Country legend Bobby Bare is an artist well-regarded for his songwriting, but he also knows the value of recording songs from other sources, having scored a Top Ten hit in 1963 with the Mel Tillis-Danny Dill classic “
Gauthier, in fact, was the source of two tracks on the album, including her thought-provoking and timely “Mercy Now,” and the devastating “I Drink.” A shattering meditation on the cycle of alcohol abuse and addiction, “I Drink” benefits from Bare’s intensely weathered vocal and Gauthier’s simple yet incisive lyrics. The clip also features a brief cameo appearance from the song’s writer.
“‘I Drink’ was written by one of my favorite songwriters, Mary Gauthier – she lived it,” Bare says. “It’s a heart-wrenching story of alcoholism and the effects it can have on a family. I am proud of the depiction of the song through this video and hope it will sincerely touch people. If you’re struggling, get help, it could save your family and your life. I recommend AA as a starting point.”
“I Drink,” which has previously been covered by Tim McGraw and Blake Shelton, chronicles Gauthier’s own personal descent into substance abuse, after a troubled childhood in which the orphaned youngster, who was raised in New Orleans, ran away from her adoptive parents’ home in her teens. A DUI in her thirties led to the singer-songwriter finally getting sober. On January 26th, Thirty Tigers will release her latest LP, Rifles & Rosary Beads, inspired by her work over the past four-and-a-half years with an Austin-based nonprofit called SongwritingWith:Soldiers.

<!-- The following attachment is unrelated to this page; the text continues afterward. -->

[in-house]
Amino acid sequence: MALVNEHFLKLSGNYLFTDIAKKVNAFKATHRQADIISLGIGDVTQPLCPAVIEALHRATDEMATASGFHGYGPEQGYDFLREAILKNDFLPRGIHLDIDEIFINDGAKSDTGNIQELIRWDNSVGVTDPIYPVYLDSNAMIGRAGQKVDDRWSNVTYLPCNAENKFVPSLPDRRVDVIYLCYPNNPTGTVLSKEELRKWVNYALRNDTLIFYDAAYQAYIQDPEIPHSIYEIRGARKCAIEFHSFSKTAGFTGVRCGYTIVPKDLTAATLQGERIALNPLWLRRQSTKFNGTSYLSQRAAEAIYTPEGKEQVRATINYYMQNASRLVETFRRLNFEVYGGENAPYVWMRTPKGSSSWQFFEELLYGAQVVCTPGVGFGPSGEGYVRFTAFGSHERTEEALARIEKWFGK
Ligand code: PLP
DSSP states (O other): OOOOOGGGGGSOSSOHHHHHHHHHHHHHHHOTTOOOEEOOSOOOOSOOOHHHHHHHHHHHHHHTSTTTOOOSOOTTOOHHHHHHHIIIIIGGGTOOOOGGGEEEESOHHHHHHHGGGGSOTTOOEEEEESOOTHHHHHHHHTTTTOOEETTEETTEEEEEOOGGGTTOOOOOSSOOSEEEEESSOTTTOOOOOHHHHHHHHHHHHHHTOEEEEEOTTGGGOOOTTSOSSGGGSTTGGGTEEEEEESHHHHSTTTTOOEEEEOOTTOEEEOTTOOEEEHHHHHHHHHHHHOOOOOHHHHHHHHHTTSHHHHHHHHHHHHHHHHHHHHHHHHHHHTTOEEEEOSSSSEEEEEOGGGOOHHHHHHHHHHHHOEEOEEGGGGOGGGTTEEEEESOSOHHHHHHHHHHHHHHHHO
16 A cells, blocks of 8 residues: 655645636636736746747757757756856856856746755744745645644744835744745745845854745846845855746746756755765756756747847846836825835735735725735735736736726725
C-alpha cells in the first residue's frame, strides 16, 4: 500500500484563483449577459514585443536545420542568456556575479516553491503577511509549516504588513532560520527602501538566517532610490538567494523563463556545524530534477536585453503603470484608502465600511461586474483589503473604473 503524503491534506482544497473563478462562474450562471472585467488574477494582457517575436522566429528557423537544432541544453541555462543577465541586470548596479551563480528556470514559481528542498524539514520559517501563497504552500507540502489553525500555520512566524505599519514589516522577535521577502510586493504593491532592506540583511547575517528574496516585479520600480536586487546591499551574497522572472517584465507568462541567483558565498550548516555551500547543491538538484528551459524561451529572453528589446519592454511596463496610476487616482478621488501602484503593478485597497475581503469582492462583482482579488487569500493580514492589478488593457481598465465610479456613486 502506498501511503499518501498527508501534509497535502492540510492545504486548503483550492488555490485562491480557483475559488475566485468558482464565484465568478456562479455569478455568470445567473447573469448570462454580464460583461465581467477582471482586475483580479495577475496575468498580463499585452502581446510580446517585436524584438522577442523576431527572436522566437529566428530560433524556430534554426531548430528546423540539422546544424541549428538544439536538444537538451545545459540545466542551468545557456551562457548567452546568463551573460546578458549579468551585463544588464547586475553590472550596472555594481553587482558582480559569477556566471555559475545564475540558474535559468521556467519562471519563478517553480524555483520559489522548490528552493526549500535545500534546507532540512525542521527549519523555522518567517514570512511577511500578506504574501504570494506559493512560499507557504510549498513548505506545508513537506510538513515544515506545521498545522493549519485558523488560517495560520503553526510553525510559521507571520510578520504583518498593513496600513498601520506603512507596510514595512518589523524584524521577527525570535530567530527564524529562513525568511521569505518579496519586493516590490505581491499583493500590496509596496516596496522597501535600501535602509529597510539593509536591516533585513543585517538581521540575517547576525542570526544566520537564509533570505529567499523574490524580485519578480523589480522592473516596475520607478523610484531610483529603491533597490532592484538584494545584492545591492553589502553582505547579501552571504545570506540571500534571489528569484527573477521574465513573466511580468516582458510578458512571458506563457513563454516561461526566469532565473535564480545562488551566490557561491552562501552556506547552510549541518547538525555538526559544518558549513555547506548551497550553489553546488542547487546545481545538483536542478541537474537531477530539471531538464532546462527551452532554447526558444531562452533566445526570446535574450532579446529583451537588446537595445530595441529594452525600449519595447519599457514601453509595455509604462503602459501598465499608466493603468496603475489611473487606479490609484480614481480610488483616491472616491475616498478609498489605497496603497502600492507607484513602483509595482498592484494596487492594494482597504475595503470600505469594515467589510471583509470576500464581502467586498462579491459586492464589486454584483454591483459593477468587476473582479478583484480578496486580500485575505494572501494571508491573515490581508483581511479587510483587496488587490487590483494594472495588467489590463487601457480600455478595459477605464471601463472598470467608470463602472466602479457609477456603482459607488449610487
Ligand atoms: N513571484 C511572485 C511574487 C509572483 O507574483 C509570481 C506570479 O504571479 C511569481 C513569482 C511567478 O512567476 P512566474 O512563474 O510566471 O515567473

A member of the Country Music Hall of Fame, Bobby Bare is currently celebrating 60 years in the music business. Since his 1964 Grammy win for “Detroit City,” he has reached the Top Ten with other hits, including “500 Miles Away From Home” “Miller’s Cave,””(Margie’s at) the Lincoln Park Inn,” “Daddy, What If,” recorded with his then 8-year-old son, Bobby Bare Jr., and nominated for a Grammy in 1974, and the Number One hit “Marie Laveau.” Bare is also known for the groundbreaking, informal talk show Bobby Bare and Friends, which aired on the Nashville Network in the Eighties.